It’s been a decent enough year for reading. A lot of traveling has left me with quite a bit of in-air, on train, between stations, time in which to plough through my paperbacks. I’ve managed 97 books this year and while that’s no personal best, there were a few enormous beasts of books included, (Murakami’s 1Q84, The Goldfinch and a couple of other big hitters), slowing me down. I have to say it’s been one of those years when old friends disappointed me a little. A number of authors whom I’ve habitually adored produced awful, self-indulgent, dull novels which simply weren’t up to standard. Donna Tartt’s The Goldfinch was definitely the most disappointing read of the year and due to the fact that I read it in hardback, also gave me a wrist strain for my trouble. After the sheer reading pleasure of Tartt’s first two novels, I found The Goldfinch, bloated, meandering and a bit pointless. I was also disappointed with Ian McEwan’s Sweet Tooth, Barbara Kingsolver’s Flight Behaviour and I couldn’t even finish Telegraph Avenue by Michael Chabon.
Aside from this however, I have to commend some excellent short story collections by Claire Keegan, Colin Barrett, Aimee Bender and the truly wonderful George Saunders which I read as part of my February Shorts, (shortest month so I only read short stories). Also Breece DJ Pancakes shorts which I discovered this year, thanks to a recommendation from Hugh Odling-Smee. It may well have been the year of the short stories though there were also some wonderful novels. Eimear McBride’s breakthrough novel, A Girl Is A Half Formed Thing was also an unarguable highlight and being able to interview her at Literary Lunchtime in December was the icing on the cake. I also thoroughly enjoyed Naomi Alderman’s Disobedience, roughly based on her childhood within London’s hasidic Jewish community and felt it sat wonderfully alongside another two favourite novels of the year, Charis Bray’s exploration of grief within the contemporary Mormon community, A Song For Issy Bradley and The Godless Boys by Naomi Wood.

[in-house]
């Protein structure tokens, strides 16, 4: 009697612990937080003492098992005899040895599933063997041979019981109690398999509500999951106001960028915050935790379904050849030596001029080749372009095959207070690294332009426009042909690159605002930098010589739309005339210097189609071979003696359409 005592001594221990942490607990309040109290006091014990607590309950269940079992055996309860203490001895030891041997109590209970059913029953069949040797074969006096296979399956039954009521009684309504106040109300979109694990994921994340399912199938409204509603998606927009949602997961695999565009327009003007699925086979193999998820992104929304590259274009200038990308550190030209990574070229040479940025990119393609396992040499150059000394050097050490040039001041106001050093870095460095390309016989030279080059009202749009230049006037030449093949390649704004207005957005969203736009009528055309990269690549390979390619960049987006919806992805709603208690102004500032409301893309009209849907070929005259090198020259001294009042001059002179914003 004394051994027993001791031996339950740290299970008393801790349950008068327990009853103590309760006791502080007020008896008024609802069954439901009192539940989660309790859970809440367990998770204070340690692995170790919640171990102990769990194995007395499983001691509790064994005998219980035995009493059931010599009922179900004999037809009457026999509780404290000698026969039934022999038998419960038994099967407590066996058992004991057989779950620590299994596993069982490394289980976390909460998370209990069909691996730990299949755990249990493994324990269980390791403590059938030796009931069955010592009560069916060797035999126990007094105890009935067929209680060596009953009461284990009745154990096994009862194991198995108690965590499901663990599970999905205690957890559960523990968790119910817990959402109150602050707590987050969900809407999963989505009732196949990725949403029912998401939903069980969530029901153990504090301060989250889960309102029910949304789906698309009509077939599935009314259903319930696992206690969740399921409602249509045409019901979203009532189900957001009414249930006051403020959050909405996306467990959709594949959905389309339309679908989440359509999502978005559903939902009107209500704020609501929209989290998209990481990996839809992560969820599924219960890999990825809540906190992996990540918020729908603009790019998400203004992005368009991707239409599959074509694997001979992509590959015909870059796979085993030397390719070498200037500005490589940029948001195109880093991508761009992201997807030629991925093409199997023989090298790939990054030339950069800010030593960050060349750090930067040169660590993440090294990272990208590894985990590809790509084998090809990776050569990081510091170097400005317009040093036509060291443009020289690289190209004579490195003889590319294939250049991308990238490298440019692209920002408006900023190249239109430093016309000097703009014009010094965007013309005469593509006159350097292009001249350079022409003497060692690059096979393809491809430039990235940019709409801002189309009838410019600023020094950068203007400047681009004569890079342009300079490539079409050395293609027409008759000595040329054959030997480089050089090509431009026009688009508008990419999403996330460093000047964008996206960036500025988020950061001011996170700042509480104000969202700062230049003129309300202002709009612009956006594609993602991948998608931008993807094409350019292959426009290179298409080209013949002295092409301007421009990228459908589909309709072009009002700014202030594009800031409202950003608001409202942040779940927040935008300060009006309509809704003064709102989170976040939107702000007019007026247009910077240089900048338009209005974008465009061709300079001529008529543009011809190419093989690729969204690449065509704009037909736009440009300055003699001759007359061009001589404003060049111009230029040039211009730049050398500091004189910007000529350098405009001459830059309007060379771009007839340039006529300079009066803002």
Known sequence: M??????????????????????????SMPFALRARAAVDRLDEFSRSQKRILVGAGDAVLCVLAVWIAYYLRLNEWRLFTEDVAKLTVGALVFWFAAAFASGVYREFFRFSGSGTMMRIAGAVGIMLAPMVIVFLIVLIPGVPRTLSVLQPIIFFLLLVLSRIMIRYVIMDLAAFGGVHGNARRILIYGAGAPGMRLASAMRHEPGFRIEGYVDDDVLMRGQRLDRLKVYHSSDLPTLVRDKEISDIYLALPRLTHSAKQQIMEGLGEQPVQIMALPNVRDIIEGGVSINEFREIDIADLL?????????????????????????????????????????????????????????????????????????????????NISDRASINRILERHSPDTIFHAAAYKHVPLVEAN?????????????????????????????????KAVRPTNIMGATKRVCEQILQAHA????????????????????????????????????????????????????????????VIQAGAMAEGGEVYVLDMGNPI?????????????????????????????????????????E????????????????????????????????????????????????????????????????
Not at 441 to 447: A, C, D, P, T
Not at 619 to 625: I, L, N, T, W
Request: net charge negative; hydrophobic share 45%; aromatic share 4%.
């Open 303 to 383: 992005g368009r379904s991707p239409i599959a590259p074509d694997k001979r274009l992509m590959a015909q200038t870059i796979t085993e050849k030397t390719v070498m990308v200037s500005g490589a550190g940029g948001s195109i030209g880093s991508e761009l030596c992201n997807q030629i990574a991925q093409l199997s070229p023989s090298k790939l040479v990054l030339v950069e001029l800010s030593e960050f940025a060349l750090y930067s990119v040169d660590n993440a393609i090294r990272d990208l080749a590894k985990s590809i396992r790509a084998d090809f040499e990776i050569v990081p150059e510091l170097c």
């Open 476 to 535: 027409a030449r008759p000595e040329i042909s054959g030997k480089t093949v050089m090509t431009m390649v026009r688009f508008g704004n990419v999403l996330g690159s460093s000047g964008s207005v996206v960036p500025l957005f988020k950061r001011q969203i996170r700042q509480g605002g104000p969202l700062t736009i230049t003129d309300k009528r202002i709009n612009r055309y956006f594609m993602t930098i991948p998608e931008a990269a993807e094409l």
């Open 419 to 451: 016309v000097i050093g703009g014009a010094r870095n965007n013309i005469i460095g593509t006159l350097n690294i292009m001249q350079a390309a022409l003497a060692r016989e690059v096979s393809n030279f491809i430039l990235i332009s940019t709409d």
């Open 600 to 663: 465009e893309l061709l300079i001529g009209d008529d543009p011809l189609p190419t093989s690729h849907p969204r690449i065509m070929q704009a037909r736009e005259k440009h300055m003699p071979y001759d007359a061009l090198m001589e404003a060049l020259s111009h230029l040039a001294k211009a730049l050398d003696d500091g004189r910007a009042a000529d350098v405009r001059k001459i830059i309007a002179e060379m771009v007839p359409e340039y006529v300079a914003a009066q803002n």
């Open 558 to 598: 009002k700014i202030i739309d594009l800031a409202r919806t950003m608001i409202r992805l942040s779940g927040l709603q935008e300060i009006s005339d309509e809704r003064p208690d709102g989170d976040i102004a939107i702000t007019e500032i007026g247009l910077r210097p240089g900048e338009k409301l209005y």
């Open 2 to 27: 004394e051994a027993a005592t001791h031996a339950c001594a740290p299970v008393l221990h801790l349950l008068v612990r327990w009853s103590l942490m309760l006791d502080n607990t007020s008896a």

It’s lovely to see some extremely strong female voices making the list this year and while I’m not placing it in my Top Ten, as I’m not sure how it’ll stand the test of time, Marina Keegan’s posthumous collection of essays and short stories, The Opposite of Loneliness deserves mention for it energy and exuberance and the concise manner in which she’s managed to capture the American zeitgeist. Though I’m a little late to the party I’m also placing my lovely friend, Bernie McGill’s The Butterfly Cabinet on my best of 2014 list. It’s a long time since I read a piece of Northern Irish fiction so captivating and beautifully written. It was a treat from start to finish as are Bernie’s short stories, collected in Sleepwalkers. Novel of the year would probably go to Colum McCann, (once again). Transatlantic is deftly written and incredible emotive, proving, if there was any doubt, that McCann has an ability and longevity, not just as an Irish writer but as a contemporary writer to rival anyone writing today. Transatlantic is the only book which made me cry this year and I greatly appreciate a good cry.
I also wish to include some great non-fiction reads. Narrowly missing the list is Irvin D. Yalom’s Love’s Executioner, a collection of true stories garnered from his distinguished career as an eminent psychotherapist; a fascinating and surprisingly quick read well worth getting a copy of. I’ve read a number of Dylan biographies as part of my research for the new novel. Some have been good, some have been mediocre but the most memorable by far has been Toby Thompson’s early attempt at a Bob Dylan bio, Positively Main Street. It is perhaps the strangest and most readable piece of Dylan writing I’ve ever come across. Even if you can’t stand Bob, this book is fabulous. My book of the year is also a non-fiction read. I’m choosing Brad Gooch’s Flannery O’Connor biography simply because it’s probably the book which has impacted me most this year. O’Connor is a writer who’s had an enormous impact on both my writing and my faith and this biography felt like an absolute tonic for my soul during a very stressful year.
So, in no particular order, (Flannery O’Connor aside), here are my top ten books of the year. Of course, many of them weren’t published this year. I don’t have enough money to be constantly buying hardbacks but I would throughly recommend tracking down some of these and look forward to dozens of great books in 2015.
Best of 2014:
My favourite book of the year: Brad Gooch “Flannery; A Life of Flannery O’Connor”
1. Aimee Bender “Willful Creatures”
2. Toby Thompson “Positively Main Street; An Unorthodox View of Bob Dylan”
3. Eimear McBride “A Girl Is A Half Formed Thing”
4. Breece D.J. Pancake “The Stories of Breece D.J. Pancake”
5. George Saunders “The Tenth of December”
6. Colin Barrett “Young Skins”
7. Colum McCann “Transatlantic”
8. Claire Keegan “Antarctica”
9. Naomi Alderman “Disobedience”
10. Bernie McGill “The Butterfly Cabinet”
Worst of 2014
I’m not going to be cruel but there were a good few books which bored the back teeth off me this year. Special mention goes to The Hundred Year Old Man Who Climbed Out A Window for being overlong, dull and unbelievable in both book and film format. Otherwise, here are my five turkeys of the year in no particular order.
1. Donna Tartt “The Goldfinch”
2. Barbara Kingsolver “Flight Behaviour”
3. John Irving “The Water Method Man”
4. Margaret Atwood “Life Before Man”
5. Jonas Jonasson “The Hundred Year-Old Man Who Climbed Out A Window And Disappeared”